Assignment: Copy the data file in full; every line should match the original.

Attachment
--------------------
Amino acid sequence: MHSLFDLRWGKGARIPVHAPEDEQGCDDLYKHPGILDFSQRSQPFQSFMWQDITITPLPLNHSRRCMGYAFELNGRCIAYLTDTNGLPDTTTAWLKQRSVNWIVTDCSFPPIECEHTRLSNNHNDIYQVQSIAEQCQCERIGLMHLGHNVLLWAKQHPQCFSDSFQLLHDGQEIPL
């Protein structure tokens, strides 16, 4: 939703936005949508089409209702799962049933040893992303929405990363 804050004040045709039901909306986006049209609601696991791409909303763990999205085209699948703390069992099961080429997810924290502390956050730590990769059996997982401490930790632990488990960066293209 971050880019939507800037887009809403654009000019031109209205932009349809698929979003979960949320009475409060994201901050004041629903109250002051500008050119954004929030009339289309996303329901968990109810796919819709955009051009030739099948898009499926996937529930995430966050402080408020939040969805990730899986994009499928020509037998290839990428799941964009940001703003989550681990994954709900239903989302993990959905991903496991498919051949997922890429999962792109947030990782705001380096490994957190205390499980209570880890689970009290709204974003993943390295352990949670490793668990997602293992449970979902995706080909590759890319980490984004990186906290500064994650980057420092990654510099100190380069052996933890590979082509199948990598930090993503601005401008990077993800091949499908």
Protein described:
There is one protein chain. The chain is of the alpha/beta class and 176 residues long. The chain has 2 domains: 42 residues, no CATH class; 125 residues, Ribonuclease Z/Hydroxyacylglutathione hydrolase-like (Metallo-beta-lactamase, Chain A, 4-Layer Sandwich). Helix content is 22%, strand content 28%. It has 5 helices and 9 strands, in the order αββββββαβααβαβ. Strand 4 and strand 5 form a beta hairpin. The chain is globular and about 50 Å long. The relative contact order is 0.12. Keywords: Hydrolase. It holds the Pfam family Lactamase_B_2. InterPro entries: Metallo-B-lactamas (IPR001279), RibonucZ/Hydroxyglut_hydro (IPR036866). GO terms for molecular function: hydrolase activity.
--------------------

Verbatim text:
Amino acid sequence: MHSLFDLRWGKGARIPVHAPEDEQGCDDLYKHPGILDFSQRSQPFQSFMWQDITITPLPLNHSRRCMGYAFELNGRCIAYLTDTNGLPDTTTAWLKQRSVNWIVTDCSFPPIECEHTRLSNNHNDIYQVQSIAEQCQCERIGLMHLGHNVLLWAKQHPQCFSDSFQLLHDGQEIPL
């Protein structure tokens, strides 16, 4: 939703936005949508089409209702799962049933040893992303929405990363 804050004040045709039901909306986006049209609601696991791409909303763990999205085209699948703390069992099961080429997810924290502390956050730590990769059996997982401490930790632990488990960066293209 971050880019939507800037887009809403654009000019031109209205932009349809698929979003979960949320009475409060994201901050004041629903109250002051500008050119954004929030009339289309996303329901968990109810796919819709955009051009030739099948898009499926996937529930995430966050402080408020939040969805990730899986994009499928020509037998290839990428799941964009940001703003989550681990994954709900239903989302993990959905991903496991498919051949997922890429999962792109947030990782705001380096490994957190205390499980209570880890689970009290709204974003993943390295352990949670490793668990997602293992449970979902995706080909590759890319980490984004990186906290500064994650980057420092990654510099100190380069052996933890590979082509199948990598930090993503601005401008990077993800091949499908």
Protein described:
There is one protein chain. The chain is of the alpha/beta class and 176 residues long. The chain has 2 domains: 42 residues, no CATH class; 125 residues, Ribonuclease Z/Hydroxyacylglutathione hydrolase-like (Metallo-beta-lactamase, Chain A, 4-Layer Sandwich). Helix content is 22%, strand content 28%. It has 5 helices and 9 strands, in the order αββββββαβααβαβ. Strand 4 and strand 5 form a beta hairpin. The chain is globular and about 50 Å long. The relative contact order is 0.12. Keywords: Hydrolase. It holds the Pfam family Lactamase_B_2. InterPro entries: Metallo-B-lactamas (IPR001279), RibonucZ/Hydroxyglut_hydro (IPR036866). GO terms for molecular function: hydrolase activity.